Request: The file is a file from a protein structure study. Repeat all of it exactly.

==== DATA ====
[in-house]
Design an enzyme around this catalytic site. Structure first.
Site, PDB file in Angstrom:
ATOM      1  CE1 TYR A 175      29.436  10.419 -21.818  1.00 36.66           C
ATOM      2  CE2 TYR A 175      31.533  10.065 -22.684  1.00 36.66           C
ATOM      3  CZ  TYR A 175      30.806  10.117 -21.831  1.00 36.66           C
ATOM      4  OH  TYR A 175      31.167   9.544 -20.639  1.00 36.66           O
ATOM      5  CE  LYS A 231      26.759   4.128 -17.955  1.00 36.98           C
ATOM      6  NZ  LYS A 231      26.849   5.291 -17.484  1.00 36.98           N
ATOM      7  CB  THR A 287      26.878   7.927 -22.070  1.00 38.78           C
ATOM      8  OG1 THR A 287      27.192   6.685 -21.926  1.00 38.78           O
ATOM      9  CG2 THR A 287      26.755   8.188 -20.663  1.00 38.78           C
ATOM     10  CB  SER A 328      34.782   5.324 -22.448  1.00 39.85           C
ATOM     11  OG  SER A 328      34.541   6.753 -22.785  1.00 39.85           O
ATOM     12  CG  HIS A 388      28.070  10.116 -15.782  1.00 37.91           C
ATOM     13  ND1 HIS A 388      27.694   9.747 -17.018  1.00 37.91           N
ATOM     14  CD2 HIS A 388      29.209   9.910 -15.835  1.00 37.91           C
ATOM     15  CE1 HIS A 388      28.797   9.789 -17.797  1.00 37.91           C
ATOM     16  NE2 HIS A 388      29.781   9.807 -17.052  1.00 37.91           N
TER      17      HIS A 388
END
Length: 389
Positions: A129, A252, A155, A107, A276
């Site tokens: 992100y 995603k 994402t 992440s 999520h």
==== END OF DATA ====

[in-house]
Design an enzyme around this catalytic site. Structure first.
Site, PDB file in Angstrom:
ATOM      1  CE1 TYR A 175      29.436  10.419 -21.818  1.00 36.66           C
ATOM      2  CE2 TYR A 175      31.533  10.065 -22.684  1.00 36.66           C
ATOM      3  CZ  TYR A 175      30.806  10.117 -21.831  1.00 36.66           C
ATOM      4  OH  TYR A 175      31.167   9.544 -20.639  1.00 36.66           O
ATOM      5  CE  LYS A 231      26.759   4.128 -17.955  1.00 36.98           C
ATOM      6  NZ  LYS A 231      26.849   5.291 -17.484  1.00 36.98           N
ATOM      7  CB  THR A 287      26.878   7.927 -22.070  1.00 38.78           C
ATOM      8  OG1 THR A 287      27.192   6.685 -21.926  1.00 38.78           O
ATOM      9  CG2 THR A 287      26.755   8.188 -20.663  1.00 38.78           C
ATOM     10  CB  SER A 328      34.782   5.324 -22.448  1.00 39.85           C
ATOM     11  OG  SER A 328      34.541   6.753 -22.785  1.00 39.85           O
ATOM     12  CG  HIS A 388      28.070  10.116 -15.782  1.00 37.91           C
ATOM     13  ND1 HIS A 388      27.694   9.747 -17.018  1.00 37.91           N
ATOM     14  CD2 HIS A 388      29.209   9.910 -15.835  1.00 37.91           C
ATOM     15  CE1 HIS A 388      28.797   9.789 -17.797  1.00 37.91           C
ATOM     16  NE2 HIS A 388      29.781   9.807 -17.052  1.00 37.91           N
TER      17      HIS A 388
END
Length: 389
Positions: A129, A252, A155, A107, A276
């Site tokens: 992100y 995603k 994402t 992440s 999520h």